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ILEN DAIL DEMOCRAT.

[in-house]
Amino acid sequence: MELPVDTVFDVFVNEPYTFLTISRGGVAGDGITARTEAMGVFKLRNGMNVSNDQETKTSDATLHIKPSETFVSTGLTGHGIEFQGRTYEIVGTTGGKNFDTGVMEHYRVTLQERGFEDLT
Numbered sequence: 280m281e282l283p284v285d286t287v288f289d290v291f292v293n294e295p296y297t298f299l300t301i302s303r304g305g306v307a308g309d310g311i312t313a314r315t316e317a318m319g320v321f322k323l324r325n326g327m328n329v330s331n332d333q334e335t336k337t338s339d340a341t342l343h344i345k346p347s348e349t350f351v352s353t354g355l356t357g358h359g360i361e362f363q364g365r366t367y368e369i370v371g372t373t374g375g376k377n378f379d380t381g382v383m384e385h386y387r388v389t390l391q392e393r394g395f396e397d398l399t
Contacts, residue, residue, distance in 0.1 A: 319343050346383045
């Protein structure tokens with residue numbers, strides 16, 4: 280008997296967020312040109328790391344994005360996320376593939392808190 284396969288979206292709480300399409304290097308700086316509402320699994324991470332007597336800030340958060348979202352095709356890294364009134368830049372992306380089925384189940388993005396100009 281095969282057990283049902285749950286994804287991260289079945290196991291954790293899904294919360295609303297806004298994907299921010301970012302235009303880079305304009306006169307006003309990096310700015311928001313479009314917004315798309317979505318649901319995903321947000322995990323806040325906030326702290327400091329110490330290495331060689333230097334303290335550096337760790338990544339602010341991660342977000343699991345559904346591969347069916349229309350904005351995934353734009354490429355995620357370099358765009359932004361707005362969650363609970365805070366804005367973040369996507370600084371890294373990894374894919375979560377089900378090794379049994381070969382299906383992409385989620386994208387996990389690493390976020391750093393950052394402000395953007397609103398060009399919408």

OFFICIAL T OURNAL OF THE STATE OF LOUISIANA. SVOfL. I---NO. 78. 'NEW ORLEANS, THURSDAY, MARCII 8, 1877. PRICE, FIVE CENT8. BY TELEGRAPH. THE FIRST FIGHT. ns and Norton Against the Administration. SMotion to Seat Kellogg Defeated by Ten Majority. lsIr aptnre Between Hayes and the Rad , Ical Wins of his Phrty Complete. e Democrats Masters of the Situation. Without their Support Hayes' Ad. mlinistration will eo Hope-, lessly Beaten. [pcolal to the N. O. Domnorat.1 WASTHINTON, March 7.-The Cabinet ate I sent you this morning was right, 4eept that Devins and MeCrary chang ~4d places; tpe latter being nominated forthe War Iepartment and the former jfor Attorney General, instead of nice r.s8a, as stated in my early dispatch. The vbte on the reference of Kellogg's : .redentials was about a fair test of the strength of Hayes' Southern policy in 'the Senate, alid, in fact, a tolerably fair .ut of his general strength. He will -e supported by all the Democrats and lbp six to eight Republicans, and o4ip by the rest of the Radicals, wcth. hwldU give his administra *lon a majority of from eight to waJvo In open Senate. But his Itoh ientirely in the hands of the Dem .serafa. If they stand aside, Blaine and ilgorton would devour Hayes in twenty r:rOU hours. The only possible'danger rist that Blaine and Morton may be able t~ whip their whole caucus strength jato the anti-Hayes traces, in which event they would beat and overthrow baim and force him into compliance with hhetir hellish designs. This, however, is wory improbable. The vote on Blaine's resolution to admit Kellogg was 25 yeas, 35 nays; the vote to refer the credentials to the Com : mittee, after the defeat of the resolu don to admit, was 42 to 21. The 25 to 35 .vote was the test. The caucusses to.arrange the commit toteeo to-morrow will settle the whole &.question. It is not improbable that the . [ayes' Republicans may secede from ° the Radical caucus and join with the SDemocrats in reconstructing the Senate wommittees on a new basis. If this be 'onae, the anti-lHayes Radicals will be i:tat.ntly thrown into permanent and h~elpless minority. The Democrats arc, y at all events, thoroughly masters of the Sasituation, and can either sustain Hayes or let him fall into the clutches of Blsine and Morton, as they see fit. SGreat excitement prevails here, and rupture between Hayes and the Radical wing of his party is complete. L ,+ DUEL. ANO lllER CONFERENCE. iyes Will Never Use Troops t) Put Any Man in a Gubernatorial Chair. The Bloody-Shirt Men Begin a War Against the South on Kellogg's Credentlals and are Bouted. [.peolal to N. O. Democrat.] ' i.. LiOrTON, March 7.-A conference ' r held to-day between Hayes and one 4"the Louisiana Congressmen, at which It is laid Hayes talked at some length a fp his proposed Southern policy, and dolared emphatically that under no Ieumstances would he ever be induced Itoe. d troops to foist Packard or any .other person into office over an unwil M'g-people, and that he should consider .io person worthy of holding the office 4: Governor who could not maintain :idtmat in it and carry out and enforce '~blaws thoroughly. ..here is not the least foundation for Sth rumors that the Republicans lay ~tm to two or even one Senator, as a of compromise or agreement. claim has ever been made by Slass of Republicans-the ultra 4epubleans refusing to enter into any o)rt 4 arrangement at all, and the con 4'rvative Republicans determined to let the case of Louisiana rest on its own ,merits, and not make it a mere bargain The ultra Radicals made a fierce fight t.-day on the seating of Kellogg, be Tieing that if this could be done they ould pave the way to the recognition SPackard, and indeed force Hayes to rxeognize the latter. Their chief argu ~ t was that Kellogg having no con Netant claiming his seat, should be ted on a prima facie case. They ' a attempted to draw a parallel be Lamar and Kellogg, and insisted ~ both should be seated, subject to i: aeo and Morton led the Radical tores and showed a fierce and bitter , adneaPa tion to continue their fight i.i the South and Hayes' Southern d hbinaelft the leaadr an able argument in favor of referring Kellogg's credentials to the Committee on Elections and Qualifications. He was assisted by all the Conservative Republicans-Christlancy, of Michi gan; Paddock, of Nebraska; Booth, of California, and others. Several other Bepublicans, usually believed bloody shirt men, joined in the debate. In their first fight with the Administration the bloody shirt Radicals were badly routed, and Kellogg's credentials re ferred to the committee as proposed, by a vote of 35 to 25. Southern men here are much elated over this victory, as it shows that the administration can command sufficient Senators to enable it to pursue its Southern policy, unchecked by an inim ical and hostile Senate. Conkling has constituted himself the leader of the administration party, as yet, but it is probable that Stanley Mathews, who is expected to be elected by the Ohio Legislature to fill the vacancy to be created by Sherman's resignation, will occupy that position, as he is known to be more in the confi donco of Hayes than any other man. A. L. G. WESI' FELICIANA. D. A. Weber Shot asid Instantly Killed. The Coroner's Inquest Has Failed to De velop Any Particulars Yet. [3pnoial to N. O. Democrat.] BAYOU SARA, March 7.-D. A. Weber for the last few days has been walking our streets, armed with a shotgun, and in a defiant way threatening many of our citizens. He was shot to-day and instantly killed, as he was passing the courthouse. The coroner's inquest fails to develop any particulars this evening, and has adjourned until 2 p. m. to-mor row. VIDETTE. THE CABINET. Dissatisfaction of the Radical Leaders. WANmHNOTOw, March 7.-The follow ing Cabinet has been sent in: Evarts, State Department; Sherman, Treasury; McCrary, of Iowa, War; Thompson, of Indiana, Navy; Key, of Tennessee, Postmaster General: Devins, of Massa chusetts, Attorney General; Carl Schurz, Secretary of Interior. Neither Blaine, Morton, Conkliig, nor anybody is satisfied. The Policy of the Administration. The administration leader In the Sen ate is not yet indicated. It may be Stanley Matthews who is to tucceed Sherman. Should hayes, by disregard ing the uledges of his messages, fail to pacify Louisiana and South Carolina, his administration will open with de plorable difficulties. His only safety is thought to cling to the coalition which, having the safety of these States in view, forced the count of the electoral vote to issue before the 4th of March. Honor and safety urge him to fullfil the pledges made for him by his managers. CHAMBERLAIN. lie is Aavlsed to Reulgan. WASHINGTON, March 7.-It is stated that a letter has been written to Gov. Chamberlain by a prominent friend of President Hayes, (Stanley Matthews), and indorsed by another friend, (Wm. M. Evarts), intimating that Gov. Cham berlain's resignation would be accepta ble. GEN. fANKS. His Interview with the President. WASHINUTON, March 7.-Gen. Banks, of the House South Carolina Investi gating Committee, and the United States Marshal for South Carolina called upon President Hayes this morn ing and had a brief conversation upon the political situation in that State. The President stated to. Gen. Banks tihat he would have to excuse any ex pression of views on that subject at this time, as he had determined to take some days for its fulfconsideration, and not to act until conferring with his Cabinet; that he would then deal with the subject in both South Carolina and Louisiana. A BIG FIRE. Half a Million of Dollars of Property Destroyed. NEw YORK, March 7.-Nos. 13 and 15 Bond street burned. Loss $500,000. The whole building was occupied by dealers and manufacturers of watches, jewelry and plate. The greater part of the merchandise locked up in the safes may be safe. The Gorham Manufacturing Company ocou pied a portion of the building; their loss is heavy. - FOREIGN. IGNATIEFF'S ]ISSION. The English Press Disapproves of It LONDON March 7.-The English press of yesterday are unanimous in disap proving of the project which is believed to be the basis of Gen. Ignatieff's mis sion. The prevailing sentiment is, that it would be unwise to purchase the de mobilization of the Russian army by a practical surrender of the treaty of Paris, and concession to Russia of a future right to establish a protectorate over Turkey's European provinces. Even if Turkey were able to work out satisfactory reforms, Russia or Russian societies would not give her an oppor tunity. A Change of Policy. [From the Fost.] The Pope has lately given the clerical electors in Italy permission to vote, " provided they protest in open day be fore men that they will remain faithful to the law of God and of the Church." This is an important concession, as hitherto voting has always been for bidden. The bishops have always been permitted by the office of the inquisi tion to apply for the recognition of their authority by the government. ,The Vatican forbade their doing so, but it hl fauad tespggle nonv s K[rom Our Evening Edition of Yesterdasy.] THE CABINET. Evarts, Sherman, Schurz, Mc. Crary and Key. The New Attorney General De clares the Nicholls Govern ment the Legal Govern ment of Loutiiana. Hayes is Immovable in Hlls South ern Policy, Whatever the Conse quences. A split in the Radical Party Im minent. [Special to N. O. Domocrat.] WASIIINUTON, March 7.--Evarts, Sher man, Schurz, McCrary, of Iowa, and Key, of Tennessee, the latter a Con federate General, have been decided upon as members of the Cabinet. The war portfolio will probably be given to a Massachusetts man and the navy to Indiana. McCrary, the now Attorney General, has already expressed the opinion that the Nicholls Government is the legal Government of Louisiana. The Cabinet will be strongly in favor of us. Pay no attention to rumors. There is not the slightest danger of Packard's recognition. Blaine has broken out against the Administration's Southern policy, but Hayes is as firm as a rock. He said yesterday that his policy was irrevoca ble, whatever might be the conse quences. A big split in the Repub lican party is inevitable. ALIBERT C. JAtNIN. [From Our Evening Edition of Yesterday.] THE WAIR DEPARTMENT. It Stands Between Devins, of AMssa chusettr, and Hawley, of Connectlicut. The Balance of the Cabinet all rati-fa c torily Settled. [Special to N. O. Democrat. ] WAsHINGToN, March 7.-As intimated in my dispatch last night, there is a struggle over the appointment to the War Department, which delays the an nouncement of the Cabinet. Gen. John ston's acceptance would have settled the whole matter, but now that he is out of the question there are several as pirants, of whom Gen. Devins, of Mas sachusetts, has the best chance. The Cabinet will be as follows: Sec tary of State, Wm. M. Evarts; Secre tary of the Treasury, John Sherman; Secretary of the Interior, Carl Schurz; Secretary of the Navy, Richard Thomp son, of Indiana; Postmaster General, Key, of Tennessee; Attorney General, McCrary, of Iowa. The Secretary of War will probably be Devins of Massa chusetts or Hawley of Connecticut. BUELL. *--- ~ --- [From Our Evening Edition of Yesterday.] TROUBLESOME KELLOGIG. Hlia elf and Friends are Trying to Raise a Itow. A Bad Sign for the Radical Agitators. [?pecial to N. O. Democrat.] WAsmIsOTON, March 7.-The debate on the seating of Kellogg is proceed ing, Blaine and Morton leading in favor of Kellogg and Packard, as stated in yesterday's telegrams. The case is likely to go to the Committee on Elections unless the friends of Hayes' Southern policy see fit to force a vote and oust Kellogg at once. BUELL. L- --.4P---- KELLOGG BEATEN. His Credentials Laid on the Table and Referred. But He Does Dot Stand the Ghost of a Chance. [Special .to N. 0. Democrat.l WASHINGTON, March 7.-The Senate has just voted to lay Kellogg's creden tials on the table and to refer the mat ter to the Committee on Elections and Privileges. A full Cabinet has been nominated, beside the five mentioned this morning, Devins, of Massachusetts, and Thomp son, of Indiana, go in. ALBERT C. JANIN. SHERMAN'S BANQUET. Iayes' First Appearance in Washlngton. LOhicsgo Times.] WASHIUIGTON, March 2.-Senator Sher man and wife entertained at dinner, in honor of their Presidential guest, to night, a of Ohio people, onaist berger and ladies. Many visitors called at tne Sherman residence, both before and after tea, to tender congratulations. They were nearly all permitted to see Hayes. Some, however, were pre vented by the crowd who thronged the door of the residence. A stal wart policeman was stationed near the front door. Three ushers received the visitors and conducted them into the presence of Mr. Haves. At half-past 8 a large delegation of Illi nois Republicans, headed by Senator Oglesby, called upon the President elect and were introduced. Among this num ber were Representatives Burchard and Hurlbut and Senator Logan. In the re ception to-night Mrs. Hayes was assisted by Mrs. Justice Swayne and Mrs. Sena tor Sherman, Senator Sherman intro ducing the callers. It was entirely an informal affair. A son of Mr. Hayes stated that this crowd of visitors had scarcely been anticipated, but was highly gratifying to his father. On account of the press of visitors, no con versations of political significance, so far as could be ascertained, took place. Senator Sherman had in a side room some wine and whisky of very good quality with which many of the gentle men regaled themselves. The Senator himself drank a little wine only. The President-elect drank no whisky, but, like Sherman. partook lightly of wines. At 9 a special artist of The London Illustraled News made a sketch of this interesting little extempore reception. Hayes kept himself very quiet through out the evening, conversing only in a general way upon political topics, and a little more particularly in a social way. lie plainly shows the embarrassment of his new po sition, and does not trust his tongue as he would at the Buckeye capital or his home town. The manner of Mrs. Hayes is amiable, but not brilliant. She 'is apparently a woman of good sense and winning ways. The most noticeable feature is her matronly and unostenta tious bearing. A number of ladies who have met her since her arrival to-day are much pleased with the social pros pect at the White House in the new ad ministration. Hayes exhibits far greater affability than Grant as a receiver. There is some variety and a small amount of blunt and somewhat coarse wit in his greetings. THE FATHERLAND. The German Government Removiag a Hardhhlp from Its nubjects In Amer eIca. (N. Y. Fnn.] According to the conscription laws of Germany every youth upon attaining his twentieth birthday is required to enter the army and serve three years. This does not apply alone to those re siding in the mother country, but also to those of German birth who have not been expatriated, but whose business or inclination has called them abroad. For some time past many young Ger mans who had not become denational ized, and therefore were liable to con scription, have, upon attaining the re quired age, crossed the ocean and pre sented themselves before their respec tive district "befehlshaber" for enlist ment in the "landwehr," but in many instances only to find themselves re jected on account of physical disability. Thus they had the expenses of a useless and costly trip thrown upon them in their desire to obey the laws of the fatherland. To obviate this, the German government some time since instructed their repre sentative in this country to appoint a medical examiner to pass upon the physical condition of those who should present present themselves for military duty. To this position Dr. Tellkoppf has been appointed. Yesterday, before the German Con sul, Mr. Fred. Hinckel, appeared seven young men ready to serve their time. They were examined by the doctor in the presence of the Consul, as the law directs, and five were passed. They will take the next German steamer for their native land. TIRE REMOVAL OF TROOP8. Our Congressmen Want to Know Why It Has Not Been Done. [Courier-Journal. ] WASHING'rON, March 4.-There has been no change in Louisiana affairs since Saturday. Rumors sre circulated every few hours of violence in New Or leans, and of attacks made on the State House; but all the dispatches from that city represent it as quiet and peaceful, and these rumors are evidently con cocted for the purpose of aiding the opponents to President Grant's instruc tions. Great surprise is manifested that the President should have as sured the Louisiana delegation ex plicitly, prior to the decision of the electoral count, that he would issue instructions under which Gen eral Augur would withdraw the troops from Packard's support, rescind ing the orders preserving the status quo, and that he permitted Augur and others to put a different construction on the instructions which were sent. The President's failure to enforce the action indicated in the authorized statement telegraphed to Gov. Nich lls excites the suspicion with some that the whole matter was a trick. Upon inquiry, how ever, of the Louisiana representatives, they seem to feel assured that the guar antees given will be adhered to. Messrs. R. L. Gibson, E. John Ellis and Wm, M. Levy sent on Saturday the following message to the President: We beg leave respectfully to inform the President that the troops have not been withdrawn from the streets and .vicinity of the State-House in New Or leans, in compliance with his orders. We suggest to the President that it is due to himself and the assurances given to us by him that the instructions, if misunderstood, be made more explicit, so that the troops may be withdrawn from the support of Packard. Pilot Walsh Tenley, of the Golden City, has invented a toe-trigger, which is now in use in the pilot-house of that steamer. The trigger is of great ser vice to the pilot, and an advantage to boats with large wheels, as in crossing from one side to the- other when work ing hard down on the wheel it kee the wheel in elace. until the I o the Ua a ow seham INAUGUItAlION DA)Y. When Muttering Heavens some Sad Drops Wept, etc. The ttrength of the Administration Lies in Rutherford's Household. Deacon Smith Portrayed---.S Word about Judge Black. [Special Correspondent N. O. Democrat.] WAsHINGTON, March 3, 1877. If there is any portent in the sky or augury in the heavens, the advent in Washington of the first President who was not elected by the people must be called inauspicious. The count-in was completed about daylight Friday morn ing, and a little after nine the benefi ciary thereof arrived at Col. Tom Scott's depot. Thursday had been bright and pleasant, as had been twenty or thirty I days before it. To-day, which is Satur day, is bright and joyous too. But yesterday--the Friday which witnessed at once the completion of the long and wicked count-in, the consummation of the most desperate political con spiracy recorded in history since the monsters of the French "Mountain" conspired ninety years ago, and the coming of the Great Unelected to the seat of his ill-got power-this Friday was as dismal a day as is ever seen in the climate of Washington. No one who has ever seen a dismal day in Washington needs telling what sort of an experience it is. But there are those who may like to know: A low, dull, leaden sky of clammy clouds that seem to press the atmosphere close down against the earth and the malaria in through every pore of the system; a fine, dense rain, with a peculiar quality of stickiness and greasiness aboutat, not seen of any other rain that tills upon the face of the earth; so dank that it blackens the asphalt pavements, and so wet that it saturates the brick walls, until the houses actually look LIMP AND BEDRAGGLED. No day is so dismal as a rainy day in Washington in winter time. Well, on such a day, and under such skies, the Count-in was ended and the Counted-in arrived. There was nothing remark able il the scene at the depot. The chief stare of the curious, who had braved the storm, was directed at Mrs. Hayes, who seemed a little flurried by her dreary introduction to Washington, and at the THREE PRETTY CI ILDREN who are to assist in making that great old barn of a White House homelike. It is fortunate for the men who.-e done this job; fortunate fiW who accepts its proceeds from their hands; azd, perchance, fortunate for the country, that the President who was not elected is calculated to disarm hatred by his geniality and to avert contempt by his abounding good tem per while his domestic surroundings will prove among the most amiable and graceful that ever dispensed the hospitalities of the national mansion. People unconversant with the ways of Washington have very little idea what part of the fortunes of an administra tion hinges upon the social flavor and TONE OF THE WHITE HOUSE. This will be the strong point of the Hayes administration; for whatever may be the defects in MtIr. Hayes' title to the occupancy of the White House, there has never been within its walls a more companionable man than he is, in all the best senses of that term, nor has there ever been a woman more thor oughly mistress of the science of mak ing, or of the art of adorning a home, than his wife is. So let me say, by way of warning, to those of my friends who are girding on their armor for a four years' onslaught upon the fraudulent President and a four years' war upon the colossal fraud of which his presi dency is the fruit-that, fiercely as the tempest of wrath may beat against the White House walls from without, there t will always be within them that calm sunshine of a pleasant woman's face which, as the fable tells us, may sub due the tempest; and one of the most unassailable of the defences of this base-born and ill-starred regime, will be the TACT OF THE LOVELY WOMAN upon whom devolves its all-important I domestic responsibilities. To-day I saw in the lobby of Willard's I Hotel a remarkable figure. I at once I discovered that it was a man. The alti tude of this figure was about five feet 1 seven and one-fourth inches. It had I evidently been higher but exceeding ! weight of the cares and responsibilities I which are inseparable from a truly good life in this wicked world, had produced a slight aberration of the lower limbs 1 from the perpendicular, which is fast 4 ceasing to be a mere aberration and is rapidly becoming a pronounced case of curvature. The body of this remarka ble figure was of remarkable length, 4 and suggested that the Creator had found it necessary to locate the dia phragm several inches lower down than usual, in order to afford room for the 4 extraordinary development of true goodness which is known to exist in the bosom of this wonderful personage. The head was of a peculiar cast, being of remarkable length on a line drawn from the chin to the crown, and of equally remarkable delicacy of struc ture on a transverse line drawn from the eyebrows to the centre of the cere bellum. The front view was rather amiable and indicative of true goodness than massive or intellectual, but the .profile was strictly classical-with the singl6 exception of the nose, which was a trifle retrousse. The tout ensemble was that of a sturdy patriot who values nothing e- highly as the rights which have been bequeathed to us by the Fa thers, and whose nature is incapable of a harsh sentiment, except towards those wicked men who succeed by guile. An irreverent and short-sighted news paper man, whobtood near me, inquired, ' Who is that little, red-headed, bow eSir," Ireplied, with as much severity of manner as I am capable of, " that gentleman is - -V..i one of the handsomest, if not the hand somest, man in the United States." "Ah," rejoined the newspaper man, ' I have often read in the Sun that Deacon Richard Smith was very hand some, and that his personal beauty was of the most exalted type, because it was in the nature of a triumph of moral perfection over bodily defects. Now I1 realize for the first time the strength of the Sun's position." "I assured my friend that he was quite right, and left him meditating upon the unrivaled BEAUTY OF TRUE OODNEB.F. I have already written of the philos ophy and the comedy of the situation. It was reserved for Judge Black to give to this sickening picture of fraud ant of rapine on the one side: and of pusil lanimity and surrender on the other, which has just been framed in the White House, those finishing touches of pathos which alone rescue it from utter repulsiveness. Maybe I am too sentimental for practical politics. Maybe the average caucus thimble rieger of the day could not see between the words of the old Judge fitful glimpses of the flitting ghost of a pa triotism that was dead, and could not hear breathed through his passionate elocution the soft requiem of hopes that had fled; but I could. One of these days our great-grandchildren will find that little speech in history. Maybe they will learn, amid new institutions and under other political skies, that JUDGE BLACK was an heretic; for it is not so certain that the doctrines of our great-grand fathers will not have become heresy in the eyes of our great-grandchildren. But you know the sublimest eloquehos which has comedown to us in the Latin tongue di not come from the lips of the conquering Roman. That last echq of despair; that final wail of fruitless pluck and bootless courage on which Tacitus has conferred the immortality of his matchless fancy, came from A victim of Roman rapine: " Ubique sas i:olitudinem faciunt, pacem appellant." Maybe, one of these dafs. the subjects of an empire will read Judge Black's speech as the Romans used to read the speech of Galgacus to that remnant of his Britons who had escaped the sword of Cu.sar and the rapine of Agricola. A. C. B. OU'rtl CAROLINA. South Carolina Must Enjoy the saue Rlghts as the Other states. [Special to the N.Y. Herald.] COLUMBIA, March 3.-Having foward ed to the Herald yesterday the views of Gov. Chamberlain upon the declaration of Hayes as President, Gov. Hampton being then inaccessible, I called to-day upon the latter and propounded to him in effect the same questions that I put to his gubernatorial rival. Hampton having a government and a good deal" of business to attend to, it was some tirs before I could engage his atten tion and even then he reluctantly con sented to a very brief interview. He displayed the courtesy of a gentleman, the bt'usquedeas of the soldier, and tbes ingenuouanesb of a noi'k In po = This was the conversation thabs place: "How will Mr. Hayes' electlbM..1 6 garded by the South ?" "I think that, though disappointed in the result, the Southern people will recognize him promptly, will judge him fairly by his acts, and will not embar rass his administration by factious op position. If he deals justly with t$, will stand on the constitution and will accord us all of our rights he will Ih honestly sustained, and will not be em barrassed either by hostility on thtb One hand or by office-seekers on the other." "Do you expect recognition from him of your government?" "I certainly do, for I claim that mtfia is the only lawfully authorized govern ment in this State-the only one that can enforce the law and give protection.. As Mr. Hayes is pledged to obey the constitution of the country I confidently hope that he will not allow its most sacred provisions to be violated in this State." "What do you think should be his" policy toward the South?" "Strict and impartial justice, placing us on an equality with the other States~ requiring from us a full obedience to the laws, and giving to us the ri .,i possessed by all other States, to reg our affairs without Federal inte..er.. ence. This policy will be in acoordaue:' with his letter of acceptance of the nomination for President, where h K, says 'the great need of the South is fi telligent and honest local government, in which the rights of all will be re spected by all. If elected President I will endeavor by all legitimate ageTees. to further the establishment of hone.rt and intelligent local government in th Southern States.' If he fulfills th. solemn pledge he will do much to comr-. mend him to our people, and he wtlI~ - best promote the interests of the whoin country." country." When Gov. Hampton had said tbhi much, Judge Mackey, who visited MiJ; Hayes at Columbus some months agrE . came in and interrupted the conversa tion. I heard the distinguished Ju$g remark that he was going to Washi. ton to participate in the inauguratle of Hayes, and I believe that he 'asked Hampton for another letter. * A FLORAL EARLE. A Present to the President. WASHINGTON, March 4.-A spread-. eagle made of rare flowers arranged it tasteful manner arrived at the Whib- House this morning at 11:45, as a flotea tribute to Hayes. The eagle is aboht. five feet from tip to tip. The body s. composed of white carnations and, the head of violets, the wings of a mixture of carnations, lily of the valley,. and moss roses, acacla and smilax, $mozers interspersed, among which are the i choicest ferns. The eagle carries hI his mouth a sprig of smilax as an olive branch of peace, The shield upon which the eagle is standing is made o. the following roses: .on bitlen Glorf4, De Diegon, General Jacqurtminot, meew roses, Souvenir, De L A. aisin, and Me frana. This gift is from Boston forgiib £The eagle elutches a the President with 8. W. Two b the p·· ~·-"~.